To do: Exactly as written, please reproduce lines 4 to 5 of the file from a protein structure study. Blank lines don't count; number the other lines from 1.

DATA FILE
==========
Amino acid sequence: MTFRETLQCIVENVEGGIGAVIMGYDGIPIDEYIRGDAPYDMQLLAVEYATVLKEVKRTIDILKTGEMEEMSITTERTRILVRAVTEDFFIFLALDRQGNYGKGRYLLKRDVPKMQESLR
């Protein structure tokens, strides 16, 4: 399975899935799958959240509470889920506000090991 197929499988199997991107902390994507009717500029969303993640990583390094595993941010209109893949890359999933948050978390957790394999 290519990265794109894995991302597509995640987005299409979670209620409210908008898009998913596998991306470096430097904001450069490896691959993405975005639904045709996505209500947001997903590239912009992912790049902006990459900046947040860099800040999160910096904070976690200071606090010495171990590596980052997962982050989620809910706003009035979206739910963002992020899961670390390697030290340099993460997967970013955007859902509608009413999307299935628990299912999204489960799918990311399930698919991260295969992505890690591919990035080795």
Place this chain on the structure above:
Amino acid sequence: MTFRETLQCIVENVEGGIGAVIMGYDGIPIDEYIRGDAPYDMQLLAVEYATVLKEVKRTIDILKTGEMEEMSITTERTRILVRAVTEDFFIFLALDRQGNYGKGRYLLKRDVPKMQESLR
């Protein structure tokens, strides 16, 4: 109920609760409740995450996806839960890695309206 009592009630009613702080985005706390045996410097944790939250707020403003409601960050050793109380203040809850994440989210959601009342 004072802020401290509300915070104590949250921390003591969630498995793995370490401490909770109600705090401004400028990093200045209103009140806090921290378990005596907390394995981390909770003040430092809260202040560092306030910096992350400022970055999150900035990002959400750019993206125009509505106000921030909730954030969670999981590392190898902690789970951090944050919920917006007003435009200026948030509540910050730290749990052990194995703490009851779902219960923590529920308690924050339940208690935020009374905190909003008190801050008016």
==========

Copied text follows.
Amino acid sequence: MTFRETLQCIVENVEGGIGAVIMGYDGIPIDEYIRGDAPYDMQLLAVEYATVLKEVKRTIDILKTGEMEEMSITTERTRILVRAVTEDFFIFLALDRQGNYGKGRYLLKRDVPKMQESLR
């Protein structure tokens, strides 16, 4: 109920609760409740995450996806839960890695309206 009592009630009613702080985005706390045996410097944790939250707020403003409601960050050793109380203040809850994440989210959601009342 004072802020401290509300915070104590949250921390003591969630498995793995370490401490909770109600705090401004400028990093200045209103009140806090921290378990005596907390394995981390909770003040430092809260202040560092306030910096992350400022970055999150900035990002959400750019993206125009509505106000921030909730954030969670999981590392190898902690789970951090944050919920917006007003435009200026948030509540910050730290749990052990194995703490009851779902219960923590529920308690924050339940208690935020009374905190909003008190801050008016």